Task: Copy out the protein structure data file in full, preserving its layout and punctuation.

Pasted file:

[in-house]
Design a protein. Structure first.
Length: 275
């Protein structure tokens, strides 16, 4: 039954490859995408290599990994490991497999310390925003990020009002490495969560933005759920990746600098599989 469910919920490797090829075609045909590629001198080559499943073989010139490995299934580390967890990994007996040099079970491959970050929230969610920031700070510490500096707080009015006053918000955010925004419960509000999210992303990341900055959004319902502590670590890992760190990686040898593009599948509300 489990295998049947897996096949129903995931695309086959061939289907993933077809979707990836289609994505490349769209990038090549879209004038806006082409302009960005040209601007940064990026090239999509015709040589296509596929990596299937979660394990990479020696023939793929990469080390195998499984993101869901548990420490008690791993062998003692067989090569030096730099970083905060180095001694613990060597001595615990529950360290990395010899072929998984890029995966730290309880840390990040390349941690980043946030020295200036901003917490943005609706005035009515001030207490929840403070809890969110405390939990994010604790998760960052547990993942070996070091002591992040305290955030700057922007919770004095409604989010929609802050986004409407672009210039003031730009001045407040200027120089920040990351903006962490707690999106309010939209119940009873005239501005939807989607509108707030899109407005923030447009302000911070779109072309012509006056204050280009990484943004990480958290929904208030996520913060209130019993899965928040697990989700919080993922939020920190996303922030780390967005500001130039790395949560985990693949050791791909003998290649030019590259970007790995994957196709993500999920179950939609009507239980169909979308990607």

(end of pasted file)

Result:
[in-house]
Design a protein. Structure first.
Length: 275
């Protein structure tokens, strides 16, 4: 039954490859995408290599990994490991497999310390925003990020009002490495969560933005759920990746600098599989 469910919920490797090829075609045909590629001198080559499943073989010139490995299934580390967890990994007996040099079970491959970050929230969610920031700070510490500096707080009015006053918000955010925004419960509000999210992303990341900055959004319902502590670590890992760190990686040898593009599948509300 489990295998049947897996096949129903995931695309086959061939289907993933077809979707990836289609994505490349769209990038090549879209004038806006082409302009960005040209601007940064990026090239999509015709040589296509596929990596299937979660394990990479020696023939793929990469080390195998499984993101869901548990420490008690791993062998003692067989090569030096730099970083905060180095001694613990060597001595615990529950360290990395010899072929998984890029995966730290309880840390990040390349941690980043946030020295200036901003917490943005609706005035009515001030207490929840403070809890969110405390939990994010604790998760960052547990993942070996070091002591992040305290955030700057922007919770004095409604989010929609802050986004409407672009210039003031730009001045407040200027120089920040990351903006962490707690999106309010939209119940009873005239501005939807989607509108707030899109407005923030447009302000911070779109072309012509006056204050280009990484943004990480958290929904208030996520913060209130019993899965928040697990989700919080993922939020920190996303922030780390967005500001130039790395949560985990693949050791791909003998290649030019590259970007790995994957196709993500999920179950939609009507239980169909979308990607």